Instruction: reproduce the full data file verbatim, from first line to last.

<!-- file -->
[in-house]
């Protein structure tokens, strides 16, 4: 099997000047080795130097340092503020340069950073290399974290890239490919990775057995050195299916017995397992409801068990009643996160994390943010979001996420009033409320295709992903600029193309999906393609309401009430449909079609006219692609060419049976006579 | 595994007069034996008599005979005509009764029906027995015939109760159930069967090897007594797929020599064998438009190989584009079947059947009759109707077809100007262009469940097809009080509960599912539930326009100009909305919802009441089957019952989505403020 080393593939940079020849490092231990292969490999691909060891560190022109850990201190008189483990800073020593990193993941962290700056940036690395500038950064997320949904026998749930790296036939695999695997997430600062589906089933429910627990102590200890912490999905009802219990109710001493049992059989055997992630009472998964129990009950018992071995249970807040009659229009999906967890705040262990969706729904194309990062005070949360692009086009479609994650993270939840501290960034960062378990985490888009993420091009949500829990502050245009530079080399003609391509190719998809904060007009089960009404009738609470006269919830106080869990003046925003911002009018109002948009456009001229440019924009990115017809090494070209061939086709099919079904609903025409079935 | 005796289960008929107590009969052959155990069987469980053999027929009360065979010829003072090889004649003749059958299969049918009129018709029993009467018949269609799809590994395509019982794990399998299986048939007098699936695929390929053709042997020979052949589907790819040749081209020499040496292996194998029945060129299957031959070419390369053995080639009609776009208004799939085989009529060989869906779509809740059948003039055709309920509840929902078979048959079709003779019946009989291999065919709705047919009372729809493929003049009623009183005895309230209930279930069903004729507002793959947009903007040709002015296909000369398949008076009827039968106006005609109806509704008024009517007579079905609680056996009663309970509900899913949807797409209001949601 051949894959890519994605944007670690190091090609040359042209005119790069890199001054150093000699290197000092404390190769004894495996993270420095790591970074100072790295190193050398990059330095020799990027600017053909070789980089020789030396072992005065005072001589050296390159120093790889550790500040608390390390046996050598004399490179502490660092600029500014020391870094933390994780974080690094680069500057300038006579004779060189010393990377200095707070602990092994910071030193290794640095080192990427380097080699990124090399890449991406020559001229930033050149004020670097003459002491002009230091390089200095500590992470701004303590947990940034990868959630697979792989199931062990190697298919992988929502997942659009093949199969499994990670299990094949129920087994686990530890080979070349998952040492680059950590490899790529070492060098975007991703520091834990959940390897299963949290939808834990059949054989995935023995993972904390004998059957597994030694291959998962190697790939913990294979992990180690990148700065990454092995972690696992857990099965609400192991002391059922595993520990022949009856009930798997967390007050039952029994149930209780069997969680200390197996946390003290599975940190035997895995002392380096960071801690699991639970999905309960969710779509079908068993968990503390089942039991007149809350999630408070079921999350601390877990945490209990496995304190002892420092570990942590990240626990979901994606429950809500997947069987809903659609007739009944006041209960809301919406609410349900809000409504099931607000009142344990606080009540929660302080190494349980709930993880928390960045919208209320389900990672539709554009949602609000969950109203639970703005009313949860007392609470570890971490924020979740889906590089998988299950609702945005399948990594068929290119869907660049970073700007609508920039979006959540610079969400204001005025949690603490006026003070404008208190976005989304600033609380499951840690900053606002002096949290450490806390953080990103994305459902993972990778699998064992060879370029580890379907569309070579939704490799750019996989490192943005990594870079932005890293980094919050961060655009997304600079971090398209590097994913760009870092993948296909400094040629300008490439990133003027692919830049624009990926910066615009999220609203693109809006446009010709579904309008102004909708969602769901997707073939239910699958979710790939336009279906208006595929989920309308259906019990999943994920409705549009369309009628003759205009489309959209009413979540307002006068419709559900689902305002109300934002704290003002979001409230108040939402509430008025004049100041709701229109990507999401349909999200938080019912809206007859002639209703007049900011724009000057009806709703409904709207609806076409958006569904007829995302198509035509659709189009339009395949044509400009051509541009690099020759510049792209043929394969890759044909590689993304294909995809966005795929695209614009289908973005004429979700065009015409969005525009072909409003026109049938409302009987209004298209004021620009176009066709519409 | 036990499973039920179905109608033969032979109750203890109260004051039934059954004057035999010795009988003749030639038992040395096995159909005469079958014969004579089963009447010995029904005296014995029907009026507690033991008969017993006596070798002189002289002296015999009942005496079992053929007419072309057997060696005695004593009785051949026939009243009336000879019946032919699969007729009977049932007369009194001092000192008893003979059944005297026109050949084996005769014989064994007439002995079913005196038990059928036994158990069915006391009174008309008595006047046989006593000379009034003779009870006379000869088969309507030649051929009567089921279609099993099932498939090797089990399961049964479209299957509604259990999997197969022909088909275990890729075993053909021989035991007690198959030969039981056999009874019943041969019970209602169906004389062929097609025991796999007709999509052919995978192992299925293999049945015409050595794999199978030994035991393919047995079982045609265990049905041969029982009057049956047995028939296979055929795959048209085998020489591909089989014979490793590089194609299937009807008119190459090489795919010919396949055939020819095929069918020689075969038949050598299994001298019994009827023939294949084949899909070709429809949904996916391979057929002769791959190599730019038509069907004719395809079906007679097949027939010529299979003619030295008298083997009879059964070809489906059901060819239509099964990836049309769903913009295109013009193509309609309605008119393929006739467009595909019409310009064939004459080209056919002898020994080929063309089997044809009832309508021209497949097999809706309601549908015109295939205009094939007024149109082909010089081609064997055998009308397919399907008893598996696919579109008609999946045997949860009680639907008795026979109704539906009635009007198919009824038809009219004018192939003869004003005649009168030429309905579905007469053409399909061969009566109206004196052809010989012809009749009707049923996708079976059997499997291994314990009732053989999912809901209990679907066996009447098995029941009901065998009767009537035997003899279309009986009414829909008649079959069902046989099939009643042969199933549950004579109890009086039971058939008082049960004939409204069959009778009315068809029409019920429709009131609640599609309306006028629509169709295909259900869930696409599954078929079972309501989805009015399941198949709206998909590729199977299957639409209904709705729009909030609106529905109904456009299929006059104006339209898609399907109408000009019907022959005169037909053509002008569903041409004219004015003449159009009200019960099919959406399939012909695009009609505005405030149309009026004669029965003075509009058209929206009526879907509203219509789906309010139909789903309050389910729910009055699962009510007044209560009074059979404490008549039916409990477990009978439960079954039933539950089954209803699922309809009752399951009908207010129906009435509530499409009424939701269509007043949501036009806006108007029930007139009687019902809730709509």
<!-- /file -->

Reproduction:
[in-house]
């Protein structure tokens, strides 16, 4: 099997000047080795130097340092503020340069950073290399974290890239490919990775057995050195299916017995397992409801068990009643996160994390943010979001996420009033409320295709992903600029193309999906393609309401009430449909079609006219692609060419049976006579 | 595994007069034996008599005979005509009764029906027995015939109760159930069967090897007594797929020599064998438009190989584009079947059947009759109707077809100007262009469940097809009080509960599912539930326009100009909305919802009441089957019952989505403020 080393593939940079020849490092231990292969490999691909060891560190022109850990201190008189483990800073020593990193993941962290700056940036690395500038950064997320949904026998749930790296036939695999695997997430600062589906089933429910627990102590200890912490999905009802219990109710001493049992059989055997992630009472998964129990009950018992071995249970807040009659229009999906967890705040262990969706729904194309990062005070949360692009086009479609994650993270939840501290960034960062378990985490888009993420091009949500829990502050245009530079080399003609391509190719998809904060007009089960009404009738609470006269919830106080869990003046925003911002009018109002948009456009001229440019924009990115017809090494070209061939086709099919079904609903025409079935 | 005796289960008929107590009969052959155990069987469980053999027929009360065979010829003072090889004649003749059958299969049918009129018709029993009467018949269609799809590994395509019982794990399998299986048939007098699936695929390929053709042997020979052949589907790819040749081209020499040496292996194998029945060129299957031959070419390369053995080639009609776009208004799939085989009529060989869906779509809740059948003039055709309920509840929902078979048959079709003779019946009989291999065919709705047919009372729809493929003049009623009183005895309230209930279930069903004729507002793959947009903007040709002015296909000369398949008076009827039968106006005609109806509704008024009517007579079905609680056996009663309970509900899913949807797409209001949601 051949894959890519994605944007670690190091090609040359042209005119790069890199001054150093000699290197000092404390190769004894495996993270420095790591970074100072790295190193050398990059330095020799990027600017053909070789980089020789030396072992005065005072001589050296390159120093790889550790500040608390390390046996050598004399490179502490660092600029500014020391870094933390994780974080690094680069500057300038006579004779060189010393990377200095707070602990092994910071030193290794640095080192990427380097080699990124090399890449991406020559001229930033050149004020670097003459002491002009230091390089200095500590992470701004303590947990940034990868959630697979792989199931062990190697298919992988929502997942659009093949199969499994990670299990094949129920087994686990530890080979070349998952040492680059950590490899790529070492060098975007991703520091834990959940390897299963949290939808834990059949054989995935023995993972904390004998059957597994030694291959998962190697790939913990294979992990180690990148700065990454092995972690696992857990099965609400192991002391059922595993520990022949009856009930798997967390007050039952029994149930209780069997969680200390197996946390003290599975940190035997895995002392380096960071801690699991639970999905309960969710779509079908068993968990503390089942039991007149809350999630408070079921999350601390877990945490209990496995304190002892420092570990942590990240626990979901994606429950809500997947069987809903659609007739009944006041209960809301919406609410349900809000409504099931607000009142344990606080009540929660302080190494349980709930993880928390960045919208209320389900990672539709554009949602609000969950109203639970703005009313949860007392609470570890971490924020979740889906590089998988299950609702945005399948990594068929290119869907660049970073700007609508920039979006959540610079969400204001005025949690603490006026003070404008208190976005989304600033609380499951840690900053606002002096949290450490806390953080990103994305459902993972990778699998064992060879370029580890379907569309070579939704490799750019996989490192943005990594870079932005890293980094919050961060655009997304600079971090398209590097994913760009870092993948296909400094040629300008490439990133003027692919830049624009990926910066615009999220609203693109809006446009010709579904309008102004909708969602769901997707073939239910699958979710790939336009279906208006595929989920309308259906019990999943994920409705549009369309009628003759205009489309959209009413979540307002006068419709559900689902305002109300934002704290003002979001409230108040939402509430008025004049100041709701229109990507999401349909999200938080019912809206007859002639209703007049900011724009000057009806709703409904709207609806076409958006569904007829995302198509035509659709189009339009395949044509400009051509541009690099020759510049792209043929394969890759044909590689993304294909995809966005795929695209614009289908973005004429979700065009015409969005525009072909409003026109049938409302009987209004298209004021620009176009066709519409 | 036990499973039920179905109608033969032979109750203890109260004051039934059954004057035999010795009988003749030639038992040395096995159909005469079958014969004579089963009447010995029904005296014995029907009026507690033991008969017993006596070798002189002289002296015999009942005496079992053929007419072309057997060696005695004593009785051949026939009243009336000879019946032919699969007729009977049932007369009194001092000192008893003979059944005297026109050949084996005769014989064994007439002995079913005196038990059928036994158990069915006391009174008309008595006047046989006593000379009034003779009870006379000869088969309507030649051929009567089921279609099993099932498939090797089990399961049964479209299957509604259990999997197969022909088909275990890729075993053909021989035991007690198959030969039981056999009874019943041969019970209602169906004389062929097609025991796999007709999509052919995978192992299925293999049945015409050595794999199978030994035991393919047995079982045609265990049905041969029982009057049956047995028939296979055929795959048209085998020489591909089989014979490793590089194609299937009807008119190459090489795919010919396949055939020819095929069918020689075969038949050598299994001298019994009827023939294949084949899909070709429809949904996916391979057929002769791959190599730019038509069907004719395809079906007679097949027939010529299979003619030295008298083997009879059964070809489906059901060819239509099964990836049309769903913009295109013009193509309609309605008119393929006739467009595909019409310009064939004459080209056919002898020994080929063309089997044809009832309508021209497949097999809706309601549908015109295939205009094939007024149109082909010089081609064997055998009308397919399907008893598996696919579109008609999946045997949860009680639907008795026979109704539906009635009007198919009824038809009219004018192939003869004003005649009168030429309905579905007469053409399909061969009566109206004196052809010989012809009749009707049923996708079976059997499997291994314990009732053989999912809901209990679907066996009447098995029941009901065998009767009537035997003899279309009986009414829909008649079959069902046989099939009643042969199933549950004579109890009086039971058939008082049960004939409204069959009778009315068809029409019920429709009131609640599609309306006028629509169709295909259900869930696409599954078929079972309501989805009015399941198949709206998909590729199977299957639409209904709705729009909030609106529905109904456009299929006059104006339209898609399907109408000009019907022959005169037909053509002008569903041409004219004015003449159009009200019960099919959406399939012909695009009609505005405030149309009026004669029965003075509009058209929206009526879907509203219509789906309010139909789903309050389910729910009055699962009510007044209560009074059979404490008549039916409990477990009978439960079954039933539950089954209803699922309809009752399951009908207010129906009435509530499409009424939701269509007043949501036009806006108007029930007139009687019902809730709509």